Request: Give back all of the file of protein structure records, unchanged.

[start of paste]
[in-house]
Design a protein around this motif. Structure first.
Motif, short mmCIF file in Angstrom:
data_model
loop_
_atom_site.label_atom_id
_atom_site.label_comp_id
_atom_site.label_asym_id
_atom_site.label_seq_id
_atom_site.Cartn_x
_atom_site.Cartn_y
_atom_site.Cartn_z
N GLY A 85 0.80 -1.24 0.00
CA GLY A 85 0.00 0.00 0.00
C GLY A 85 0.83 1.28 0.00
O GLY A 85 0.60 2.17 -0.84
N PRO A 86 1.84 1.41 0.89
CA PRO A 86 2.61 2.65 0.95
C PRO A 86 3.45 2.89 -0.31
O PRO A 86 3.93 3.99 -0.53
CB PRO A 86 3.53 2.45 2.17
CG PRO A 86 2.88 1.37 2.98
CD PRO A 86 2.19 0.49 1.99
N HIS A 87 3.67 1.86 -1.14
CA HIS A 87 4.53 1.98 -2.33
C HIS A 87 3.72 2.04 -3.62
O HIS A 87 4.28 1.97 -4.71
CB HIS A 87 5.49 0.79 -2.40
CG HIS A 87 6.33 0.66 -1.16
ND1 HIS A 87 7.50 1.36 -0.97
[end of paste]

[in-house]
Design a protein around this motif. Structure first.
Motif, short mmCIF file in Angstrom:
data_model
loop_
_atom_site.label_atom_id
_atom_site.label_comp_id
_atom_site.label_asym_id
_atom_site.label_seq_id
_atom_site.Cartn_x
_atom_site.Cartn_y
_atom_site.Cartn_z
N GLY A 85 0.80 -1.24 0.00
CA GLY A 85 0.00 0.00 0.00
C GLY A 85 0.83 1.28 0.00
O GLY A 85 0.60 2.17 -0.84
N PRO A 86 1.84 1.41 0.89
CA PRO A 86 2.61 2.65 0.95
C PRO A 86 3.45 2.89 -0.31
O PRO A 86 3.93 3.99 -0.53
CB PRO A 86 3.53 2.45 2.17
CG PRO A 86 2.88 1.37 2.98
CD PRO A 86 2.19 0.49 1.99
N HIS A 87 3.67 1.86 -1.14
CA HIS A 87 4.53 1.98 -2.33
C HIS A 87 3.72 2.04 -3.62
O HIS A 87 4.28 1.97 -4.71
CB HIS A 87 5.49 0.79 -2.40
CG HIS A 87 6.33 0.66 -1.16
ND1 HIS A 87 7.50 1.36 -0.97